Piece of the Pie

Money is an important issue for almost all college students. Very few are lucky
enough not to have the financial burdens of tuition, housing, and food interfere
with their academic initiatives. Some students have parents that are wealthy
enough to cover all of the costs of college. Other students are given financial
aid from the university that they attend. If necessary, students can get jobs to
help differ the costs. There are no restrictions put on most students as to
where they can work, or how much they can earn. Most students have this freedom,
but varsity athletes with scholarships attending Division I schools do not. The
National Collegiate Athletic Association, the governing body of collegiate
athletics, restricts these athletes from having jobs. Even though these
athletes would have a hard time make room for a job between practices, meetings
and games, they are not even given the opportunity to do so because of the NCAA
regulations. These regulations are based on the fear that athletes could be
employed by affiliates of the university, who could attract the best athletes by
unjustifiably paying them extraordinary salaries. While this may be a valid
concern, the regulations are most often carried out to ridiculous lengths which
ultimately do not serve the purpose they are intended to have. For example,
Northwestern University has an aspiring young actor named Darnell Autry who also
happens to be the starting running back for the University\'s football team.
Darnell was offered a role, based entirely on his acting abilities, in a major
network\'s sitcom. The NCAA nearly forbid him from accepting this offer based on
the regulations against athlete employment. Darnell was eventually allowed to
accept the job, however, the NCAA did not allow him to get paid for his work.
They reasoned that the cost of the flight out of Chicago was payment enough for
Darnell. As in Darnell\'s case, the regulations cause more problems then they
The prospect of the money waiting for many athletes, like Darnell, when
they leave college, leads them to abandon their education and head straight for
the professional leagues. Some athletes, like Shawn Kemp or Kobe Bryant, skip
college entirely. Kemp and Bryant both went directly from high school to the
National Basketball Association, and are currently making millions of dollars a
year. Other athletes, such as Stephon Marbury, Allen Iverson, Marcus Camby,
Terry Glen, and Tim Biakabatuka, all college phenomenons from basketball and
football, skip as many as three of their remaining college years. The lure of
fame and fortune is making more and more athletes leave college early each year.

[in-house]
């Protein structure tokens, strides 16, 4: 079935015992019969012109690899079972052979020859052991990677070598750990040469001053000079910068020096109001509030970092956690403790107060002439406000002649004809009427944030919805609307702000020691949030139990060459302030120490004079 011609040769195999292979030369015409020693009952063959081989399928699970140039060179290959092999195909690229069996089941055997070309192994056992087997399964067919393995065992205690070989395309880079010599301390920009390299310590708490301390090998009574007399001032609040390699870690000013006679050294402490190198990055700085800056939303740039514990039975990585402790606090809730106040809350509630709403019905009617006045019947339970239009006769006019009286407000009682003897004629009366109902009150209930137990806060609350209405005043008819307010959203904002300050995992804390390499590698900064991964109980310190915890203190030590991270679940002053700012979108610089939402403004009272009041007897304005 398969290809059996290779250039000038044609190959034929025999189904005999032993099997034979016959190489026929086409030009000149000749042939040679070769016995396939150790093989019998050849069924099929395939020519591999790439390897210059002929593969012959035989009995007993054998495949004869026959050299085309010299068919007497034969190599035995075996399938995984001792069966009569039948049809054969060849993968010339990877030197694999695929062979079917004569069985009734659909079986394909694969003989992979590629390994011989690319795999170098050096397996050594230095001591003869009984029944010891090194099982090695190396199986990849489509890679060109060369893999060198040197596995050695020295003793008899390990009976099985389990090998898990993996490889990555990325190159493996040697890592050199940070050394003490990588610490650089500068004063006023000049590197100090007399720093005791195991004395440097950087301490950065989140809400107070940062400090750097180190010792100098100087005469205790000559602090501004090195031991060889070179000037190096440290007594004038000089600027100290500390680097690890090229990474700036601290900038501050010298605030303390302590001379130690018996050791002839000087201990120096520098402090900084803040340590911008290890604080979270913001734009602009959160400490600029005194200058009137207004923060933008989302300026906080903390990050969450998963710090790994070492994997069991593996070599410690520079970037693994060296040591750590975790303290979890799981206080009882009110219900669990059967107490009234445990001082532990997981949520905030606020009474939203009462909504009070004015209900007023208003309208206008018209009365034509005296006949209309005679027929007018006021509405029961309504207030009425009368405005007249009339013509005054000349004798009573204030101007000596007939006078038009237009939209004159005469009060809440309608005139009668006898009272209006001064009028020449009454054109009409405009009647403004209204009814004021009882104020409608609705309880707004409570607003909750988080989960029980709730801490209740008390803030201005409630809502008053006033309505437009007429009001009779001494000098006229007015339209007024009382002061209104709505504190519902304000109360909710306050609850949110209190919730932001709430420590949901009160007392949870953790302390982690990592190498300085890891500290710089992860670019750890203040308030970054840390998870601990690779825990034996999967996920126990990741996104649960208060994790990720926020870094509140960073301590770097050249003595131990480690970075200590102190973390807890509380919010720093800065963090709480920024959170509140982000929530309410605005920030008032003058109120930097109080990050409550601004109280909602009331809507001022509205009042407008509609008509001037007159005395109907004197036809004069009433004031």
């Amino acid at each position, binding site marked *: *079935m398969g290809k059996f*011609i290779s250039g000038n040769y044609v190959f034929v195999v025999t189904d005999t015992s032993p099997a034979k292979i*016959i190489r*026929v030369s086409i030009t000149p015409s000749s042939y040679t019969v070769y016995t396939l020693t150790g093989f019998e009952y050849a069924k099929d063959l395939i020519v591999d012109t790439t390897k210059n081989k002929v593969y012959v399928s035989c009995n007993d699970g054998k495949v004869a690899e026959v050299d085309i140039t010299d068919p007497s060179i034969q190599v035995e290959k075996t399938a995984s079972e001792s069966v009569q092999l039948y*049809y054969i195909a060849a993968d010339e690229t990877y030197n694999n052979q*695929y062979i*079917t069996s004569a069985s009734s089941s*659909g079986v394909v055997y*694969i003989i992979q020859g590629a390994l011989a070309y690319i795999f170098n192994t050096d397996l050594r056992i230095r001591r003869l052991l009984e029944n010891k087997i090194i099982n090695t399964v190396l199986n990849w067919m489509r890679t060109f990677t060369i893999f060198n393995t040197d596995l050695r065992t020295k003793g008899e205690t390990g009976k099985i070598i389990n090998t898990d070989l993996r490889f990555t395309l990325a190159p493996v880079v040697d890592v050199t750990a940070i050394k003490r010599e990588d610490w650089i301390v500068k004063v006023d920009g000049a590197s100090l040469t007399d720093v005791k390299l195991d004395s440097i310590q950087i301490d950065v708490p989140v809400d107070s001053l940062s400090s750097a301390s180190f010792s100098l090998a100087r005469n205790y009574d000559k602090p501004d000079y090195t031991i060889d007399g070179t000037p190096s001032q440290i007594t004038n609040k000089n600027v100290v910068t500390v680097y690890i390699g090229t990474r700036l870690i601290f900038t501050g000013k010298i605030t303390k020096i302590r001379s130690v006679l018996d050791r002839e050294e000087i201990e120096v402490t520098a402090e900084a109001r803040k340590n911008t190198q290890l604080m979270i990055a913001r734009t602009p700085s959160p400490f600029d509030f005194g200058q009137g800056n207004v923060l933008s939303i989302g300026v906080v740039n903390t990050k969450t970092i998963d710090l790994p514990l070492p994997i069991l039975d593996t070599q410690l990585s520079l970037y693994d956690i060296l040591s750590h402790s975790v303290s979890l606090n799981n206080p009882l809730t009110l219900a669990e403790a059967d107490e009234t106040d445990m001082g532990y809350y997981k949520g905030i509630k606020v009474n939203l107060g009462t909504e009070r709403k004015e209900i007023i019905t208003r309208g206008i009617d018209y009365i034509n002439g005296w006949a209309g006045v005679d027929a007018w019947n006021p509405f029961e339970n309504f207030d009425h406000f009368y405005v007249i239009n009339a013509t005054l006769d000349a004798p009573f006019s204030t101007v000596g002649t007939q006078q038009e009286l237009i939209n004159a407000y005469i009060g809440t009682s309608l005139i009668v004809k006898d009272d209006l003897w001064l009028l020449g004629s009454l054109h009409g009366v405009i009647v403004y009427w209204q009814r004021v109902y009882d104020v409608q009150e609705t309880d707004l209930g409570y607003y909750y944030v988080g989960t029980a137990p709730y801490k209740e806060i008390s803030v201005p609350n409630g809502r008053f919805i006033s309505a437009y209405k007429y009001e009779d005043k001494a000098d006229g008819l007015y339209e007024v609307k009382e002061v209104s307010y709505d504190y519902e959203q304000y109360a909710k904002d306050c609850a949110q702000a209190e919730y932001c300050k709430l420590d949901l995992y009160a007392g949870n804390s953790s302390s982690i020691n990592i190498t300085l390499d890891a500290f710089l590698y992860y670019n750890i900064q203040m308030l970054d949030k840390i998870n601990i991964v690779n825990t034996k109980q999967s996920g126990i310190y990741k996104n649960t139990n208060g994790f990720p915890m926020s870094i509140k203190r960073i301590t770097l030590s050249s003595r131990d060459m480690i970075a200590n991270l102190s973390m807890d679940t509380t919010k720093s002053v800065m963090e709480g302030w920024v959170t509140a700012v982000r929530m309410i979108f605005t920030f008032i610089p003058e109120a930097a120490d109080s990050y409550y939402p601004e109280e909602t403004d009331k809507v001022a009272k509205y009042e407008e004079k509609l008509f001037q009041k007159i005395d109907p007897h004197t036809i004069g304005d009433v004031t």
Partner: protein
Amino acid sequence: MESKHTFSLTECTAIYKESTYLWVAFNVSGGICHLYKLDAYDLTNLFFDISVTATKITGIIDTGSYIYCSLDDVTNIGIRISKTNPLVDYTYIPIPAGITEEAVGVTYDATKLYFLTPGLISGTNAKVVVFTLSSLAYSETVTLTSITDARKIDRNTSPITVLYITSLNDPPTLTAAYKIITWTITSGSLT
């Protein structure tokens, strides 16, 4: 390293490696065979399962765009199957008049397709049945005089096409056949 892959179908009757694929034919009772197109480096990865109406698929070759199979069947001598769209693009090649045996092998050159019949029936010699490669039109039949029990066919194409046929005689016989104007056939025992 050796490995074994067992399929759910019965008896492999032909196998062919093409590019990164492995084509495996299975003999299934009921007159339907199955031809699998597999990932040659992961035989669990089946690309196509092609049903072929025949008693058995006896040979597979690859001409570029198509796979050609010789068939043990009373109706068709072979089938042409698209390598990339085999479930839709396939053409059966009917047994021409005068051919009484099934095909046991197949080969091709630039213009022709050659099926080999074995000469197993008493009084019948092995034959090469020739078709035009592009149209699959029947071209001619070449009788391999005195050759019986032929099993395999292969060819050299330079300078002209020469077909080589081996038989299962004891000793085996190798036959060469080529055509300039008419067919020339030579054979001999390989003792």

Even those that stand a slim chance of ever becoming professionals cannot resist
the temptation to leave. These athletes often end up without the million dollar
contracts, and more importantly, without college degrees to fall back on. The
pressure these athletes feel from being so financially limited by NCAA
regulations also makes them consider leaving early. Many of these athletes\'
families would not be able to pay for college costs were it not for their
scholarships their sons and daughters receive. Such athletes are hard pressed to
ask their parents for extra money for the costs not covered by scholarships.
These scholarship athletes are put at a great disadvantage because, unlike other
students at any given university, including those on academic scholarships, the
athletes are not allowed to have jobs to earn the extra money they need. The
idea of leaving college early almost seems honorable in contrast to some other
temptations to which college athletes may succumb. In the past few years the
NCAA has seen many incidents involving player infractions of regulations. In one
particular scandal, members of the Florida State football team were caught with
illegal gifts from Foot Locker, provided by a corrupt agent. Florida State is
not the only University with such problems. The University of Miami, and Auburn
have been two notoriously corrupt athletic programs. Such situations are all to
common, as officials on every level seem to look the other way. Their students
are enticed further and further by the temptation of money, until the
universities are investigated by the NCAA. This an example of how the NCAA
regulations create an environment where the athletes can give way to the extra
pressures placed upon them. The pressure they feel often leads them to cross the
line between what is legal and illegal according to the NCAA, as in the Florida
State Foot Locker scandal. Since they are not usually caught, and even when they
are the penalties are not very severe, it should then come as